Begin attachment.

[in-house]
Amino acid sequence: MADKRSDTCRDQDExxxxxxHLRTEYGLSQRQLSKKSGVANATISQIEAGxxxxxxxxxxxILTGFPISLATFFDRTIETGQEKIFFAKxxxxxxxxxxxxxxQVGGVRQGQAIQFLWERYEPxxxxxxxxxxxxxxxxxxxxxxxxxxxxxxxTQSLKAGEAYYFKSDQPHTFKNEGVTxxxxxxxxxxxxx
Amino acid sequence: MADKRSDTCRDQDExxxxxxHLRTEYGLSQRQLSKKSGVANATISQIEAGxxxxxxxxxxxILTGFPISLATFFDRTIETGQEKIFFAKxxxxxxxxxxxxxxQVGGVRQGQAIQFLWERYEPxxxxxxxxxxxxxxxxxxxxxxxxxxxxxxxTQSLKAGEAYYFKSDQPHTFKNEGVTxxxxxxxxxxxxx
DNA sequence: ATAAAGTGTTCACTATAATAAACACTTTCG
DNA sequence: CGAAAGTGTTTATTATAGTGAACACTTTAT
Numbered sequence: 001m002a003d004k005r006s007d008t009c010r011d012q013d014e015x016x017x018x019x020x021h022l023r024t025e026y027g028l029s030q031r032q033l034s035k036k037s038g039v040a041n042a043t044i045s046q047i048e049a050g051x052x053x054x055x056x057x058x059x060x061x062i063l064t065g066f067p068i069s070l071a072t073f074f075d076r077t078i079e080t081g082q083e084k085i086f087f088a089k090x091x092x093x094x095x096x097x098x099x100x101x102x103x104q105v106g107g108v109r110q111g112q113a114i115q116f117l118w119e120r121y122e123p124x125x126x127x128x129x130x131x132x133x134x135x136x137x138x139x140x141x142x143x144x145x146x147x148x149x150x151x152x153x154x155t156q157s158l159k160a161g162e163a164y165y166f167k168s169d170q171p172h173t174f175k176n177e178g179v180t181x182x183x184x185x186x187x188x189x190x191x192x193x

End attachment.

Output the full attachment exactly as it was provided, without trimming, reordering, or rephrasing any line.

[in-house]
Amino acid sequence: MADKRSDTCRDQDExxxxxxHLRTEYGLSQRQLSKKSGVANATISQIEAGxxxxxxxxxxxILTGFPISLATFFDRTIETGQEKIFFAKxxxxxxxxxxxxxxQVGGVRQGQAIQFLWERYEPxxxxxxxxxxxxxxxxxxxxxxxxxxxxxxxTQSLKAGEAYYFKSDQPHTFKNEGVTxxxxxxxxxxxxx
Amino acid sequence: MADKRSDTCRDQDExxxxxxHLRTEYGLSQRQLSKKSGVANATISQIEAGxxxxxxxxxxxILTGFPISLATFFDRTIETGQEKIFFAKxxxxxxxxxxxxxxQVGGVRQGQAIQFLWERYEPxxxxxxxxxxxxxxxxxxxxxxxxxxxxxxxTQSLKAGEAYYFKSDQPHTFKNEGVTxxxxxxxxxxxxx
DNA sequence: ATAAAGTGTTCACTATAATAAACACTTTCG
DNA sequence: CGAAAGTGTTTATTATAGTGAACACTTTAT
Numbered sequence: 001m002a003d004k005r006s007d008t009c010r011d012q013d014e015x016x017x018x019x020x021h022l023r024t025e026y027g028l029s030q031r032q033l034s035k036k037s038g039v040a041n042a043t044i045s046q047i048e049a050g051x052x053x054x055x056x057x058x059x060x061x062i063l064t065g066f067p068i069s070l071a072t073f074f075d076r077t078i079e080t081g082q083e084k085i086f087f088a089k090x091x092x093x094x095x096x097x098x099x100x101x102x103x104q105v106g107g108v109r110q111g112q113a114i115q116f117l118w119e120r121y122e123p124x125x126x127x128x129x130x131x132x133x134x135x136x137x138x139x140x141x142x143x144x145x146x147x148x149x150x151x152x153x154x155t156q157s158l159k160a161g162e163a164y165y166f167k168s169d170q171p172h173t174f175k176n177e178g179v180t181x182x183x184x185x186x187x188x189x190x191x192x193x